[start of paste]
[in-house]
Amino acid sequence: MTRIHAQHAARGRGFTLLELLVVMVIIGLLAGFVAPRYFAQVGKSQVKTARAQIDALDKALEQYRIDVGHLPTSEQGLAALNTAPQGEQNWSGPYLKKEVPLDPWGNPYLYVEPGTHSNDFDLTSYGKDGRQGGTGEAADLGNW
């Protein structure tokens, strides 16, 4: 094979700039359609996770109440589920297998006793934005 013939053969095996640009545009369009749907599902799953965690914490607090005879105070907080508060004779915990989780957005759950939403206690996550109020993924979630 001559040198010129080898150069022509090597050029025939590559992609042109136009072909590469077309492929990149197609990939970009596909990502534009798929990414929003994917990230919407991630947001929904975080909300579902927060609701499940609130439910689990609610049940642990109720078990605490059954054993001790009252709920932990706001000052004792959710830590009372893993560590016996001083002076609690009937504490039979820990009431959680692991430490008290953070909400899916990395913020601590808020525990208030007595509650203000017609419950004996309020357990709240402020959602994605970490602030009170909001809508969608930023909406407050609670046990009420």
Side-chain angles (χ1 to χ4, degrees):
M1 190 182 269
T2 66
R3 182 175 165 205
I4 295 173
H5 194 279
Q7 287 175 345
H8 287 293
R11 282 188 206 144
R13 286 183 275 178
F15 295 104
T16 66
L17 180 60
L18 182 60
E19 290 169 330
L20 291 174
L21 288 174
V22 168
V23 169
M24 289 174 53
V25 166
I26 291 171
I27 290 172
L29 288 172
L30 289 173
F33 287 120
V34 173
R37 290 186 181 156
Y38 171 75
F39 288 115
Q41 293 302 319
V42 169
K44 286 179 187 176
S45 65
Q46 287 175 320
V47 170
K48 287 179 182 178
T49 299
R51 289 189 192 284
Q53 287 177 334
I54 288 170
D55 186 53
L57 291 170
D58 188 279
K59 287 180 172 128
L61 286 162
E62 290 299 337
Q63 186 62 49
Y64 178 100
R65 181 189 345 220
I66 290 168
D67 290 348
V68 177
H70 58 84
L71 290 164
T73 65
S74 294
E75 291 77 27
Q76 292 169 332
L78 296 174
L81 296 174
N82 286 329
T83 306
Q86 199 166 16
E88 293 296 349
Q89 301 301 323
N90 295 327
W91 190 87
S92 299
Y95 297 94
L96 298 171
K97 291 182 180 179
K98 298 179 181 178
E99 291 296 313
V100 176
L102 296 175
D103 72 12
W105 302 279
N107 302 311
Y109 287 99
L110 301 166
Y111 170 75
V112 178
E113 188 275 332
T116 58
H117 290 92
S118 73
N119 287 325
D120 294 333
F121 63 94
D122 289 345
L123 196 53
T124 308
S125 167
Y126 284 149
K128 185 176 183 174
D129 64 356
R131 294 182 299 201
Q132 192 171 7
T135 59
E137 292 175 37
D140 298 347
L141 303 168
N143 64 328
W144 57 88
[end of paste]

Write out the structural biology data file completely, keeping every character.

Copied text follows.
[in-house]
Amino acid sequence: MTRIHAQHAARGRGFTLLELLVVMVIIGLLAGFVAPRYFAQVGKSQVKTARAQIDALDKALEQYRIDVGHLPTSEQGLAALNTAPQGEQNWSGPYLKKEVPLDPWGNPYLYVEPGTHSNDFDLTSYGKDGRQGGTGEAADLGNW
């Protein structure tokens, strides 16, 4: 094979700039359609996770109440589920297998006793934005 013939053969095996640009545009369009749907599902799953965690914490607090005879105070907080508060004779915990989780957005759950939403206690996550109020993924979630 001559040198010129080898150069022509090597050029025939590559992609042109136009072909590469077309492929990149197609990939970009596909990502534009798929990414929003994917990230919407991630947001929904975080909300579902927060609701499940609130439910689990609610049940642990109720078990605490059954054993001790009252709920932990706001000052004792959710830590009372893993560590016996001083002076609690009937504490039979820990009431959680692991430490008290953070909400899916990395913020601590808020525990208030007595509650203000017609419950004996309020357990709240402020959602994605970490602030009170909001809508969608930023909406407050609670046990009420």
Side-chain angles (χ1 to χ4, degrees):
M1 190 182 269
T2 66
R3 182 175 165 205
I4 295 173
H5 194 279
Q7 287 175 345
H8 287 293
R11 282 188 206 144
R13 286 183 275 178
F15 295 104
T16 66
L17 180 60
L18 182 60
E19 290 169 330
L20 291 174
L21 288 174
V22 168
V23 169
M24 289 174 53
V25 166
I26 291 171
I27 290 172
L29 288 172
L30 289 173
F33 287 120
V34 173
R37 290 186 181 156
Y38 171 75
F39 288 115
Q41 293 302 319
V42 169
K44 286 179 187 176
S45 65
Q46 287 175 320
V47 170
K48 287 179 182 178
T49 299
R51 289 189 192 284
Q53 287 177 334
I54 288 170
D55 186 53
L57 291 170
D58 188 279
K59 287 180 172 128
L61 286 162
E62 290 299 337
Q63 186 62 49
Y64 178 100
R65 181 189 345 220
I66 290 168
D67 290 348
V68 177
H70 58 84
L71 290 164
T73 65
S74 294
E75 291 77 27
Q76 292 169 332
L78 296 174
L81 296 174
N82 286 329
T83 306
Q86 199 166 16
E88 293 296 349
Q89 301 301 323
N90 295 327
W91 190 87
S92 299
Y95 297 94
L96 298 171
K97 291 182 180 179
K98 298 179 181 178
E99 291 296 313
V100 176
L102 296 175
D103 72 12
W105 302 279
N107 302 311
Y109 287 99
L110 301 166
Y111 170 75
V112 178
E113 188 275 332
T116 58
H117 290 92
S118 73
N119 287 325
D120 294 333
F121 63 94
D122 289 345
L123 196 53
T124 308
S125 167
Y126 284 149
K128 185 176 183 174
D129 64 356
R131 294 182 299 201
Q132 192 171 7
T135 59
E137 292 175 37
D140 298 347
L141 303 168
N143 64 328
W144 57 88